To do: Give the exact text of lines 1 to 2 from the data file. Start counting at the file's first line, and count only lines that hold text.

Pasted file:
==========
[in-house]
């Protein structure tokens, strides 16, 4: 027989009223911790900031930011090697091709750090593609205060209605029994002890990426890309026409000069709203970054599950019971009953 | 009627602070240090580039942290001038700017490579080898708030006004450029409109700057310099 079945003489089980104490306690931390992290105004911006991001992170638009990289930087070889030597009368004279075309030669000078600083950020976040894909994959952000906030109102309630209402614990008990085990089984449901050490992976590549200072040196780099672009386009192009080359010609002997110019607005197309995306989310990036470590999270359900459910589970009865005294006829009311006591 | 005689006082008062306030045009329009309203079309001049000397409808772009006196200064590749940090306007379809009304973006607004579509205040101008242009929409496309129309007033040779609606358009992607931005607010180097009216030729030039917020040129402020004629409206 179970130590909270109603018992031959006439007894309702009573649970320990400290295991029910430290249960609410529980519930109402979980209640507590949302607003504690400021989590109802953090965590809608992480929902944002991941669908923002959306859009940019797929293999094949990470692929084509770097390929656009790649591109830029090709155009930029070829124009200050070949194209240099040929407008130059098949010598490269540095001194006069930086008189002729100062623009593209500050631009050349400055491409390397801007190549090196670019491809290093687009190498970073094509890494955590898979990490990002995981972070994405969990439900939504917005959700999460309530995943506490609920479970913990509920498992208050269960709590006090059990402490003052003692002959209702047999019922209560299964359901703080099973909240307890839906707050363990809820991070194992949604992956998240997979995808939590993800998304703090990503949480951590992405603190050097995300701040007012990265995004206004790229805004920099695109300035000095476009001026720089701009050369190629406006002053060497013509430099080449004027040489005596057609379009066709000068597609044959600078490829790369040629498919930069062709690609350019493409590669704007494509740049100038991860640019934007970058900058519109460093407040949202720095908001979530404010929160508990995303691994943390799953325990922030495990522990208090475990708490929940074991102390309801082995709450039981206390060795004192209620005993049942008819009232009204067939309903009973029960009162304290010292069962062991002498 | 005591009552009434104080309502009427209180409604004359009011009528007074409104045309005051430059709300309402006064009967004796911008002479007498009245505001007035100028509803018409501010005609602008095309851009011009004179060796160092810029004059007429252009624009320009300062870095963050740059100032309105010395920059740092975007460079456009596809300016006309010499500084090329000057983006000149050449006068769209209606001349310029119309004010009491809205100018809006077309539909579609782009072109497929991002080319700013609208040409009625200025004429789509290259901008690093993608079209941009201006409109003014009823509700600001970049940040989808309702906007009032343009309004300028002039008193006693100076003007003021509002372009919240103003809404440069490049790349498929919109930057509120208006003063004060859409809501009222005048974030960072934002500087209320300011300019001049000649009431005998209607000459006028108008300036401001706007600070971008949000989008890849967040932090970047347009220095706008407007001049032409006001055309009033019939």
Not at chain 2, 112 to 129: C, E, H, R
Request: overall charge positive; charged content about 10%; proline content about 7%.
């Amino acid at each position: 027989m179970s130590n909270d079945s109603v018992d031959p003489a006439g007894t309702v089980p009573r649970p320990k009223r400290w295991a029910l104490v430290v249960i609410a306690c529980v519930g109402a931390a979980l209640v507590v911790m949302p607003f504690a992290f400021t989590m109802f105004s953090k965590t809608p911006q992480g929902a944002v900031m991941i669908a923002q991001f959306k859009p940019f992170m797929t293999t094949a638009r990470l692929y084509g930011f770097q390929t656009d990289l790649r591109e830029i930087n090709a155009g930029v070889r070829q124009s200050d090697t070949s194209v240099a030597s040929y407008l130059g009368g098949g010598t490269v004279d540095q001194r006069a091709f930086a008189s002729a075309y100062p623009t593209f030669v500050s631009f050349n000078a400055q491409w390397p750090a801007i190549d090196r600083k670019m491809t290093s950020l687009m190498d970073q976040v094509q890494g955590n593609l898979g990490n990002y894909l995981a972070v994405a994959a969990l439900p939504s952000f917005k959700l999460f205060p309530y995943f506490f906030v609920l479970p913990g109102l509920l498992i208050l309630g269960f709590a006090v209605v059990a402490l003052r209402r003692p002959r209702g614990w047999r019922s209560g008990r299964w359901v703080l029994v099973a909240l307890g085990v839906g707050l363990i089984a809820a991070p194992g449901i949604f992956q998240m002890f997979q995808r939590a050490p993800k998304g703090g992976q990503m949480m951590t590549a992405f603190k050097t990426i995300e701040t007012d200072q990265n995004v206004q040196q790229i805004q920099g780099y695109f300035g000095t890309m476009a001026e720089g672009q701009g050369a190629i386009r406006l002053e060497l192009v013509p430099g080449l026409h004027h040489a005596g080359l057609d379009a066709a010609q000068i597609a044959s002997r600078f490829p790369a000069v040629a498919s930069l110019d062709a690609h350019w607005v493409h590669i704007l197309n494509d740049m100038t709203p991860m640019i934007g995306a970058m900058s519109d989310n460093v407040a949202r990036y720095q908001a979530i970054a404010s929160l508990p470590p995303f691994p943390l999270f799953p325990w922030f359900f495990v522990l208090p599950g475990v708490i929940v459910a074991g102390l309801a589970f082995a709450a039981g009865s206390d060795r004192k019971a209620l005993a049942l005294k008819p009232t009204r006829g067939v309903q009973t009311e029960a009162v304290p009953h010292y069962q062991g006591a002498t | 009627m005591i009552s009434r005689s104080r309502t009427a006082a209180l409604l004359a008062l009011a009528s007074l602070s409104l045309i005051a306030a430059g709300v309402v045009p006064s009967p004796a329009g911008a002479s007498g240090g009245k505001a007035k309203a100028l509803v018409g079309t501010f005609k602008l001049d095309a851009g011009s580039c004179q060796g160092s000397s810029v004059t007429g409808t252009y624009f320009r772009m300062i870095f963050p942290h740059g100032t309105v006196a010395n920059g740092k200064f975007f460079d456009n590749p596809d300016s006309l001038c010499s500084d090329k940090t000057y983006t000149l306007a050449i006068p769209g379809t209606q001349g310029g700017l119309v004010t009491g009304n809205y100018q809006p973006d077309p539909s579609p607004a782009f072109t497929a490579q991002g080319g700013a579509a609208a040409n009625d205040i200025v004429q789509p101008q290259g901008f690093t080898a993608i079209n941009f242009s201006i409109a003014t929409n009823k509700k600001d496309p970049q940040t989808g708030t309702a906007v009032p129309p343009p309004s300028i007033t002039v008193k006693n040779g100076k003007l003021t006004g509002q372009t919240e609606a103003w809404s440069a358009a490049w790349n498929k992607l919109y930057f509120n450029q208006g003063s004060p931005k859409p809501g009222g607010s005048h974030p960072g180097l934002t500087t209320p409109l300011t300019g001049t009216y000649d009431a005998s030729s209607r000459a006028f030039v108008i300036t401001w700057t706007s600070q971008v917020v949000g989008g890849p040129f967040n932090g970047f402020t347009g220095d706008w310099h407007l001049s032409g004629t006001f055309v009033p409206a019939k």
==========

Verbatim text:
[in-house]
């Protein structure tokens, strides 16, 4: 027989009223911790900031930011090697091709750090593609205060209605029994002890990426890309026409000069709203970054599950019971009953 | 009627602070240090580039942290001038700017490579080898708030006004450029409109700057310099 079945003489089980104490306690931390992290105004911006991001992170638009990289930087070889030597009368004279075309030669000078600083950020976040894909994959952000906030109102309630209402614990008990085990089984449901050490992976590549200072040196780099672009386009192009080359010609002997110019607005197309995306989310990036470590999270359900459910589970009865005294006829009311006591 | 005689006082008062306030045009329009309203079309001049000397409808772009006196200064590749940090306007379809009304973006607004579509205040101008242009929409496309129309007033040779609606358009992607931005607010180097009216030729030039917020040129402020004629409206 179970130590909270109603018992031959006439007894309702009573649970320990400290295991029910430290249960609410529980519930109402979980209640507590949302607003504690400021989590109802953090965590809608992480929902944002991941669908923002959306859009940019797929293999094949990470692929084509770097390929656009790649591109830029090709155009930029070829124009200050070949194209240099040929407008130059098949010598490269540095001194006069930086008189002729100062623009593209500050631009050349400055491409390397801007190549090196670019491809290093687009190498970073094509890494955590898979990490990002995981972070994405969990439900939504917005959700999460309530995943506490609920479970913990509920498992208050269960709590006090059990402490003052003692002959209702047999019922209560299964359901703080099973909240307890839906707050363990809820991070194992949604992956998240997979995808939590993800998304703090990503949480951590992405603190050097995300701040007012990265995004206004790229805004920099695109300035000095476009001026720089701009050369190629406006002053060497013509430099080449004027040489005596057609379009066709000068597609044959600078490829790369040629498919930069062709690609350019493409590669704007494509740049100038991860640019934007970058900058519109460093407040949202720095908001979530404010929160508990995303691994943390799953325990922030495990522990208090475990708490929940074991102390309801082995709450039981206390060795004192209620005993049942008819009232009204067939309903009973029960009162304290010292069962062991002498 | 005591009552009434104080309502009427209180409604004359009011009528007074409104045309005051430059709300309402006064009967004796911008002479007498009245505001007035100028509803018409501010005609602008095309851009011009004179060796160092810029004059007429252009624009320009300062870095963050740059100032309105010395920059740092975007460079456009596809300016006309010499500084090329000057983006000149050449006068769209209606001349310029119309004010009491809205100018809006077309539909579609782009072109497929991002080319700013609208040409009625200025004429789509290259901008690093993608079209941009201006409109003014009823509700600001970049940040989808309702906007009032343009309004300028002039008193006693100076003007003021509002372009919240103003809404440069490049790349498929919109930057509120208006003063004060859409809501009222005048974030960072934002500087209320300011300019001049000649009431005998209607000459006028108008300036401001706007600070971008949000989008890849967040932090970047347009220095706008407007001049032409006001055309009033019939």